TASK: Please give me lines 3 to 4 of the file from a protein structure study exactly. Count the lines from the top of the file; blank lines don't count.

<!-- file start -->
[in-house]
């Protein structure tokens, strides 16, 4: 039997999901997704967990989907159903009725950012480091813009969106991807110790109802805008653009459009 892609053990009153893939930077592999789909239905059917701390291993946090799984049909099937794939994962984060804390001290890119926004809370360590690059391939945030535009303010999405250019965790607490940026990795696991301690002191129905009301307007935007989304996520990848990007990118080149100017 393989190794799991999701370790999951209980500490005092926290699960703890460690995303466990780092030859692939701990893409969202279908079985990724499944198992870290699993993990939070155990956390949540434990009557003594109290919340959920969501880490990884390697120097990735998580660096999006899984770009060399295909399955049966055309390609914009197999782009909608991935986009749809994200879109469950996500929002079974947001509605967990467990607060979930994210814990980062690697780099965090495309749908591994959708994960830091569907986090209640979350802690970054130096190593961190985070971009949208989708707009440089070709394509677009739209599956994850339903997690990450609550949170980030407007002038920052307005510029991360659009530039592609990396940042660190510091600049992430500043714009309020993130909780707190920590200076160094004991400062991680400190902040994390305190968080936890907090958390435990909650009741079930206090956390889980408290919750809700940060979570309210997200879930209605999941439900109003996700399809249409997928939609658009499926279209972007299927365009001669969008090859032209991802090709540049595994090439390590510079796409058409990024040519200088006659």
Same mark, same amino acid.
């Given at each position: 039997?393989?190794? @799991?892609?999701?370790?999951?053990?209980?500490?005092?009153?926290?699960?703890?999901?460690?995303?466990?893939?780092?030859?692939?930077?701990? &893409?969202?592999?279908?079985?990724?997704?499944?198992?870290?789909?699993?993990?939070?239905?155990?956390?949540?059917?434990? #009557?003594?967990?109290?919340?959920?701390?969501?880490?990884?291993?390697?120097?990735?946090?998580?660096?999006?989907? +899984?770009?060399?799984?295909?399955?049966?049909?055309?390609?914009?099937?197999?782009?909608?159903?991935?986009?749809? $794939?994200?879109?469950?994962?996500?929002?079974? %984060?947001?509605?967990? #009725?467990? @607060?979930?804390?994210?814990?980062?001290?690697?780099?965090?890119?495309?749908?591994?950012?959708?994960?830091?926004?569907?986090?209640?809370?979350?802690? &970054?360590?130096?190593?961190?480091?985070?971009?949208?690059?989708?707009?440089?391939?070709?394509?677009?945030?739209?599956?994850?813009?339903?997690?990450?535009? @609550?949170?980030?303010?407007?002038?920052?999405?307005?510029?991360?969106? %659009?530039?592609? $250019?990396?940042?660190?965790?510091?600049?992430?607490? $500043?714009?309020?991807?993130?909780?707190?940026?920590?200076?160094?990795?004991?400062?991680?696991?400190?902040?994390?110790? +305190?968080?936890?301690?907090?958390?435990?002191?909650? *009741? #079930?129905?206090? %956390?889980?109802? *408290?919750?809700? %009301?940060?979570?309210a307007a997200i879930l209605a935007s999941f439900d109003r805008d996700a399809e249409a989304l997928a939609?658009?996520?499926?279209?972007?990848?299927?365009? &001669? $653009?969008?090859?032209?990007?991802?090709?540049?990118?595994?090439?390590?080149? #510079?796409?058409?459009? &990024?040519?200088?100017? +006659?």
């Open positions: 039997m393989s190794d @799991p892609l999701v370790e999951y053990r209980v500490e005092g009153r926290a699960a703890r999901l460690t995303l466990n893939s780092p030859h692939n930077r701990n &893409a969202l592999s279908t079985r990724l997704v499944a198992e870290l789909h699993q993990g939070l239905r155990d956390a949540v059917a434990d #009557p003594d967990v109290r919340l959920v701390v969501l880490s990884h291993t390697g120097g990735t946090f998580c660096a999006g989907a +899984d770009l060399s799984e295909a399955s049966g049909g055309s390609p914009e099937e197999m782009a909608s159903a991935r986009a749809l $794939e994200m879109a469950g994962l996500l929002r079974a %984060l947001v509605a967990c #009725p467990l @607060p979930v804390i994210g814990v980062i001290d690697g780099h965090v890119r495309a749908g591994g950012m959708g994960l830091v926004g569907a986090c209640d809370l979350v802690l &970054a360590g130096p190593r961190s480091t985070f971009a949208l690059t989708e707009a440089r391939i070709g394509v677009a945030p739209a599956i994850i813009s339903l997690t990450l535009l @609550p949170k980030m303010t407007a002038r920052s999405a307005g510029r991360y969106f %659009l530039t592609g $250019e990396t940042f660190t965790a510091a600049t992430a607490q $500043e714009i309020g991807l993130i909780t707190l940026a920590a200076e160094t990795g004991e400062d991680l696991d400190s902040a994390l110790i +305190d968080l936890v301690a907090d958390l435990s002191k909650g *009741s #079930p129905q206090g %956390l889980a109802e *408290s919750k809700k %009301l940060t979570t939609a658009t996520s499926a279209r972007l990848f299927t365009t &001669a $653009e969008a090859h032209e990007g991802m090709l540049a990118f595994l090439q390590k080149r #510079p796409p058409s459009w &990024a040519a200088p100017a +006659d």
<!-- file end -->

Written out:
Same mark, same amino acid.
């Given at each position: 039997?393989?190794? @799991?892609?999701?370790?999951?053990?209980?500490?005092?009153?926290?699960?703890?999901?460690?995303?466990?893939?780092?030859?692939?930077?701990? &893409?969202?592999?279908?079985?990724?997704?499944?198992?870290?789909?699993?993990?939070?239905?155990?956390?949540?059917?434990? #009557?003594?967990?109290?919340?959920?701390?969501?880490?990884?291993?390697?120097?990735?946090?998580?660096?999006?989907? +899984?770009?060399?799984?295909?399955?049966?049909?055309?390609?914009?099937?197999?782009?909608?159903?991935?986009?749809? $794939?994200?879109?469950?994962?996500?929002?079974? %984060?947001?509605?967990? #009725?467990? @607060?979930?804390?994210?814990?980062?001290?690697?780099?965090?890119?495309?749908?591994?950012?959708?994960?830091?926004?569907?986090?209640?809370?979350?802690? &970054?360590?130096?190593?961190?480091?985070?971009?949208?690059?989708?707009?440089?391939?070709?394509?677009?945030?739209?599956?994850?813009?339903?997690?990450?535009? @609550?949170?980030?303010?407007?002038?920052?999405?307005?510029?991360?969106? %659009?530039?592609? $250019?990396?940042?660190?965790?510091?600049?992430?607490? $500043?714009?309020?991807?993130?909780?707190?940026?920590?200076?160094?990795?004991?400062?991680?696991?400190?902040?994390?110790? +305190?968080?936890?301690?907090?958390?435990?002191?909650? *009741? #079930?129905?206090? %956390?889980?109802? *408290?919750?809700? %009301?940060?979570?309210a307007a997200i879930l209605a935007s999941f439900d109003r805008d996700a399809e249409a989304l997928a939609?658009?996520?499926?279209?972007?990848?299927?365009? &001669? $653009?969008?090859?032209?990007?991802?090709?540049?990118?595994?090439?390590?080149? #510079?796409?058409?459009? &990024?040519?200088?100017? +006659?």